Red Sox go 1-for-14 with runners in scoring position, fail to finish off sweep of Athletics in 4-3 loss

The Red Sox were unable to complete their three-game sweep of the Athletics at Fenway Park on Thursday afternoon. Boston instead fell to Oakland by a final score of 4-3 to put its three-game winning streak come to an end and drop to 34-30 on the season.

Rich Hill, making his 12th start of the year for the Sox, allowed four runs (three earned) on seven hits and zero walks to go along with four strikeouts over 5 2/3 innings of work.

All three runs the veteran left-hander gave up came in the top half of the third. The Athletics’ rally began when Cristian Pache reached base on a one-out popup to shallow center field that was not caught by a back-tracking Trevor Story. It was ruled a double and was immediately followed by an RBI single off the bat of Chad Pinder that got Oakland on the board first.

A hard-hit double from Ramon Laureano put runners at second and third for Christian Bethancourt, who drove in both on a two-run single to left field. Hill did not falter, though, as he proceeded to sit down 10 of the next 11 batters he faced before yielding a two-out single to Seth Brown in the sixth inning.

That would mark the end of Hill’s afternoon as he got the hook from Red Sox manager Alex Cora. The 42-year-old southpaw finished with a final pitch count of 82 (61 strikes) and induced eight swings-and-misses with his four-seam fastball, a pitch he threw 30 times.

In relief of Hill, Hirokazu Sawamura received the first call out of the Boston bullpen while inheriting one runner in Brown. A passed ball allowed that runner to advance to second and he proceeded to score from there on an Elvis Andrus line drive that went through the legs of Rafael Devers.

Sawamura got through the rest of the inning unscathed, but the Red Sox found themselves trailing 4-1 heading into their half of the sixth. To that point in the contest, the Boston lineup had been held in check by Oakland right-hander Paul Blackburn despite having a fair share of scoring opportunities.

Jarren Duran led off the first inning with a drag bunt single and advanced to third on a one-out single from J.D. Martinez. Neither runner scored. A pair of singles from Franchy Cordero and Jackie Bradley Jr. put runners on the corners with two outs in the third for Duran, who struck out swinging.

The Sox finally prevailed in the third, as Devers drew a leadoff walk and later scored from third on an RBI groundout off the bat of Xander Bogaerts. They could have gotten more in the frame, but both Alex Verdugo and Story were retired to extinguish the threat.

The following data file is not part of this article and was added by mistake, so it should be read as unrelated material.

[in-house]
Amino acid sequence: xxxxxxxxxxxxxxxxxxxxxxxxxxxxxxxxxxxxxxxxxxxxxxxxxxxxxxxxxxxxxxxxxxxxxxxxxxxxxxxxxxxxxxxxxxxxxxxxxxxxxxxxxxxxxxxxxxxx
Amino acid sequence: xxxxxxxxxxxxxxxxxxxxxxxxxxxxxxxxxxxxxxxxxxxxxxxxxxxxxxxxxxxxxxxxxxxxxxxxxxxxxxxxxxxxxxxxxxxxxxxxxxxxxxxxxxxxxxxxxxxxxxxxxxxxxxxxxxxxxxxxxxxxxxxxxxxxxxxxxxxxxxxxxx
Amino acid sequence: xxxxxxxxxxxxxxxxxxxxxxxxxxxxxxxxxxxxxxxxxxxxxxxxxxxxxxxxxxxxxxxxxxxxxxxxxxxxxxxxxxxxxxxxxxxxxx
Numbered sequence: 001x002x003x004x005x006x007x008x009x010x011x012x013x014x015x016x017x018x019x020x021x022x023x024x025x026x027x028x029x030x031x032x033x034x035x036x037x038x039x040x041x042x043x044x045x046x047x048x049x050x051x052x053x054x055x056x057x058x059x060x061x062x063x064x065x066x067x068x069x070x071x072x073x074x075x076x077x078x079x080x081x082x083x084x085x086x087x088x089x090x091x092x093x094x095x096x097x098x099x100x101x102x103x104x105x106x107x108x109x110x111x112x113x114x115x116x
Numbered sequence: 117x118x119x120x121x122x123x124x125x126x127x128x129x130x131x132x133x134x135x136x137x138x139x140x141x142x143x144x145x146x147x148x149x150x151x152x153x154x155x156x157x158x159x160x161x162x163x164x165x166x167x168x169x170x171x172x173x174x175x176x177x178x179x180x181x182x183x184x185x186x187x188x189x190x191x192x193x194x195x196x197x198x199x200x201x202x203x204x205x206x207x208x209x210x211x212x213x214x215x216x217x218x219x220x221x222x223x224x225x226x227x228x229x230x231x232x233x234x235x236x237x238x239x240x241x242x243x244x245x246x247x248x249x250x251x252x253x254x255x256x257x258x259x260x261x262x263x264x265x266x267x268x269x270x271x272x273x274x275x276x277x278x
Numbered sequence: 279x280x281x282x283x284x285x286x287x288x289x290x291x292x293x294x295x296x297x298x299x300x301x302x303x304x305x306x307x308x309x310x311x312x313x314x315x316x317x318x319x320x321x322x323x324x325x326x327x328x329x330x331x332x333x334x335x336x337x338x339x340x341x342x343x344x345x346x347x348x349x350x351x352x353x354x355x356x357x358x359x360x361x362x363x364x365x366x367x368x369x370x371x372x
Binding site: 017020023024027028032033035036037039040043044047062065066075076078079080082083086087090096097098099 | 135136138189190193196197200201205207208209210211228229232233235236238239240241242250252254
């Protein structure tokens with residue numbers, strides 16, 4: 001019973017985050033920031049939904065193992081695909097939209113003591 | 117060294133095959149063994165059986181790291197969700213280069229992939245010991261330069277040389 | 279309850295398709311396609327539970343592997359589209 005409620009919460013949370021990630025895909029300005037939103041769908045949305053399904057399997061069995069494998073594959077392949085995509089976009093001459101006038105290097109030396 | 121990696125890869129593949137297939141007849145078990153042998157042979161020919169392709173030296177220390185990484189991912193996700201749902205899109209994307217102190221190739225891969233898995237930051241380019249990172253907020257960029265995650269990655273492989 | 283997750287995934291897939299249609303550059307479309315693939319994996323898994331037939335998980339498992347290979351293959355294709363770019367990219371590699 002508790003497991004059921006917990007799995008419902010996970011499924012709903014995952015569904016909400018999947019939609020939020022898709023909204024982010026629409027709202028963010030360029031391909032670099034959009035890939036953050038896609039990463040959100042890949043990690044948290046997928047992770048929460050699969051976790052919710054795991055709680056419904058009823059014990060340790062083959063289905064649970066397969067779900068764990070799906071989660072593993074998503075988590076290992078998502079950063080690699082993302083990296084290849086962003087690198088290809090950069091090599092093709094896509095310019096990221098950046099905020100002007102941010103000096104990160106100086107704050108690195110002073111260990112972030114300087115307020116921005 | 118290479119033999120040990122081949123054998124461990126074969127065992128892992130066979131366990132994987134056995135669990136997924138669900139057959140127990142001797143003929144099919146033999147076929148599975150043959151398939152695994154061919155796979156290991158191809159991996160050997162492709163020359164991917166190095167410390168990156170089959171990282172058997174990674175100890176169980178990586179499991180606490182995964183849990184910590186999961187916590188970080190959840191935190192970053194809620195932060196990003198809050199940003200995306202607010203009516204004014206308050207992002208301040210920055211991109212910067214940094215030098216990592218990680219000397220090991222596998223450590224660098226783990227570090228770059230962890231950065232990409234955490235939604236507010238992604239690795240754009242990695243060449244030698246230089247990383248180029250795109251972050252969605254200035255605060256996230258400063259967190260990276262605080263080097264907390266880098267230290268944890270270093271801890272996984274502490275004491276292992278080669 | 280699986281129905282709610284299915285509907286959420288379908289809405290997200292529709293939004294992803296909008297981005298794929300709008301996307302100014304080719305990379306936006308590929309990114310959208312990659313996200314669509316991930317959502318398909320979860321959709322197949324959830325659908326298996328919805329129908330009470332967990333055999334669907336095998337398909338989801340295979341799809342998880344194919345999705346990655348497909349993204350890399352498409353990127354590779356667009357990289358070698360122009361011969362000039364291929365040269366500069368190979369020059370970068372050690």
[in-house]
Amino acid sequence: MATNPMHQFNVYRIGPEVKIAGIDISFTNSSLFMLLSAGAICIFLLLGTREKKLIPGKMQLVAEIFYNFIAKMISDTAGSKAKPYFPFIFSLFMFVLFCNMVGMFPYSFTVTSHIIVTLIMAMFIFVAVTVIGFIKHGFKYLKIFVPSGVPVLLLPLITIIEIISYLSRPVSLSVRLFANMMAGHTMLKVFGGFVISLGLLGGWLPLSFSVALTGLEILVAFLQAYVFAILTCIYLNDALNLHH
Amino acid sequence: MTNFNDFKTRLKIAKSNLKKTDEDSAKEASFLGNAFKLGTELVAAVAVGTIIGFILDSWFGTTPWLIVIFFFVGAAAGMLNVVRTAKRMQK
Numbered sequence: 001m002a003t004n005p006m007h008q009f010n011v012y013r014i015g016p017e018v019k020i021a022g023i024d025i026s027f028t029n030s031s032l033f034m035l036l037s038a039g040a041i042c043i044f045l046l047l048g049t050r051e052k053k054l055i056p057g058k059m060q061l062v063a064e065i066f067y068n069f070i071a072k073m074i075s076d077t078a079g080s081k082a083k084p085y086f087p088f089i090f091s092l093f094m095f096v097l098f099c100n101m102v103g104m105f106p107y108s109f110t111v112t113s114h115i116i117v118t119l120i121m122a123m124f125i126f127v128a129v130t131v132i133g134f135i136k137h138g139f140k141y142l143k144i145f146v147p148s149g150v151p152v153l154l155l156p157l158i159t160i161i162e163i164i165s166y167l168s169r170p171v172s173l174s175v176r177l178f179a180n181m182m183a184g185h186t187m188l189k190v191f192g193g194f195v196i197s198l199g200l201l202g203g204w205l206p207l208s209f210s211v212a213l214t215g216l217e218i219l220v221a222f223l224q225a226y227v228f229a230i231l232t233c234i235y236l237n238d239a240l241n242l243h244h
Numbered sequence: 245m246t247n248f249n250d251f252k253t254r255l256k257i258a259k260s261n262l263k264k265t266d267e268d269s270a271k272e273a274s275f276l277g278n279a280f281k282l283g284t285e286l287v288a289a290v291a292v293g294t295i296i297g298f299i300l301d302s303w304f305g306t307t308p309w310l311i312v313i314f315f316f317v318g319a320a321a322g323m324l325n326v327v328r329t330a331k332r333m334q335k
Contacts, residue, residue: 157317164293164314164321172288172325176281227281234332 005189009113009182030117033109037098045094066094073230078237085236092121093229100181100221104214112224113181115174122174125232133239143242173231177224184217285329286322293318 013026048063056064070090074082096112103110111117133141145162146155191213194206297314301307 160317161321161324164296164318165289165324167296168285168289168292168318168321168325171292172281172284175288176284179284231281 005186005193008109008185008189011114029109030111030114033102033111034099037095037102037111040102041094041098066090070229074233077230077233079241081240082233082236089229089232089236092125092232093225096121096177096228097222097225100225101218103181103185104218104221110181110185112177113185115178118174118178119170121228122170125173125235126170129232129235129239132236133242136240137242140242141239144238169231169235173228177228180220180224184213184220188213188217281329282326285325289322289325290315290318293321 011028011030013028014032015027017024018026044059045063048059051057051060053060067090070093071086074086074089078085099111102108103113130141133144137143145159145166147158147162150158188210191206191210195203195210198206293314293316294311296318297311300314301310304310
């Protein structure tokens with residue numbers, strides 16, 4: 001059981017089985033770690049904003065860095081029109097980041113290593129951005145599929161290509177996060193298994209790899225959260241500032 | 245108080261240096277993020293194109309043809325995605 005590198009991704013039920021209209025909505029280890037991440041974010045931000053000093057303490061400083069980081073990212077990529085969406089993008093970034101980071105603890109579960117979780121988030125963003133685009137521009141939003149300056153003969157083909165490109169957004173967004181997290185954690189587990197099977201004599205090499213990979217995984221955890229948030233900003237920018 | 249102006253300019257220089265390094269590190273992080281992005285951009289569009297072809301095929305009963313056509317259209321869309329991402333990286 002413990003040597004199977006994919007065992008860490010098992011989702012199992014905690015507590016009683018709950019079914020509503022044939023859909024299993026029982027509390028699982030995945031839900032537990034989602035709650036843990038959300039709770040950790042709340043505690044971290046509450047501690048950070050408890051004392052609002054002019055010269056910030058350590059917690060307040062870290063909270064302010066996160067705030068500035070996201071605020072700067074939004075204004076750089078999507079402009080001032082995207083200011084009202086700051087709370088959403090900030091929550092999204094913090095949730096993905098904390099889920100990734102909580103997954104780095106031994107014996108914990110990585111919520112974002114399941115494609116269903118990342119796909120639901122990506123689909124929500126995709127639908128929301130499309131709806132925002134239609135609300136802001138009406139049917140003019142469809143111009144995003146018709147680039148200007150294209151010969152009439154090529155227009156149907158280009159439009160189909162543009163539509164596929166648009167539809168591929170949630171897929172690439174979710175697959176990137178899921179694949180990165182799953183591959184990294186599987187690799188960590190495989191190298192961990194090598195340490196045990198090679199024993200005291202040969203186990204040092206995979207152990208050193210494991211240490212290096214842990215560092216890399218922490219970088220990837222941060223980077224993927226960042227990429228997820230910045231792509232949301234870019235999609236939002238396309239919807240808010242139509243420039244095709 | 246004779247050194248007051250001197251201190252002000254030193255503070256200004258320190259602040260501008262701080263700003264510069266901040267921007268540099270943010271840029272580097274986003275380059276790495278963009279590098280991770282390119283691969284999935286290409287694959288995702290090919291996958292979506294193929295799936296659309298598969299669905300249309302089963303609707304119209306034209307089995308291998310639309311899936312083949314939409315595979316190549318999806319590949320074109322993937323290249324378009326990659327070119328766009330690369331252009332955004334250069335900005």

An inning later, the A’s elected to intentionally walk Devers with two outs, which loaded the bases for Martinez. Martinez, however, softly grounded out to Blackburn himself to end things in the fourth.

Blackburn compiled his first 1-2-3 inning in the fifth, but ran into more trouble in the sixth when he gave up a one-out single to Christian Vazquez. That prompted a pitching change as A.J. Puk was dispatched from the Athletics bullpen. Puk got Bradley Jr. to ground into a force out at second to snuff out the lead runner, then fanned the pinch-hitting Bobby Dalbec on three straight heaters.

After Ryan Brasier made quick work of Oakland in the top of the seventh, Boston had another prime opportunity in the latter half of the frame. Devers was plunked by a pitch and Bogaerts roped a one-out single to put runner at first and second. Matched up against new A’s reliever Zach Jackson, Verdugo flew out to center field and Story punched out on a 3-2, 87 mph slider to end the inning.

Hansel Robles worked his way around a ground-rule double in an otherwise clean eighth inning. In the bottom of the eighth, the pinch-hitting Rob Refsnyder led off with a line-drive single off Sam Moll. Vazquez followed by drawing a walk. Bradley Jr. and Dalbec each recorded outs, but Devers kept the inning alive by reaching on a fielding error committed by A’s third baseman Jonah Bride.

Refsnyder scored on the play. Martinez then greeted new reliever Dany Jimenez by lacing an RBI single back up the middle. It scored Vazquez and very well could have scored the tying run in Devers were it not for the efforts of second baseman Tony Kemp.

Kemp prevented the ball from rolling into center field, which forced Devers — representing the tying run — to hold up at third base. Following a mound visit, Bogaerts grounded into a force out to put an end to the inning with the Red Sox still trailing 4-3.

The score would remain that way after Tyler Danish sat down the side in order in the top half of the ninth. Down to their final three outs in the bottom half, Verdugo, Story, and Refsnyder went down quietly as 4-3 would go on to be Thursday’s final score.

All told, the Red Sox lineup went 1-for-14 with runners in scoring position and left 13 runers on base as a team. It was a particularly tough day for Story, who went 0-for-5 with three punchouts and three runners left on base. The second baseman is hitting just .143 (4-for-28) over his last seven games.

Next up: Wainwright vs. Wacha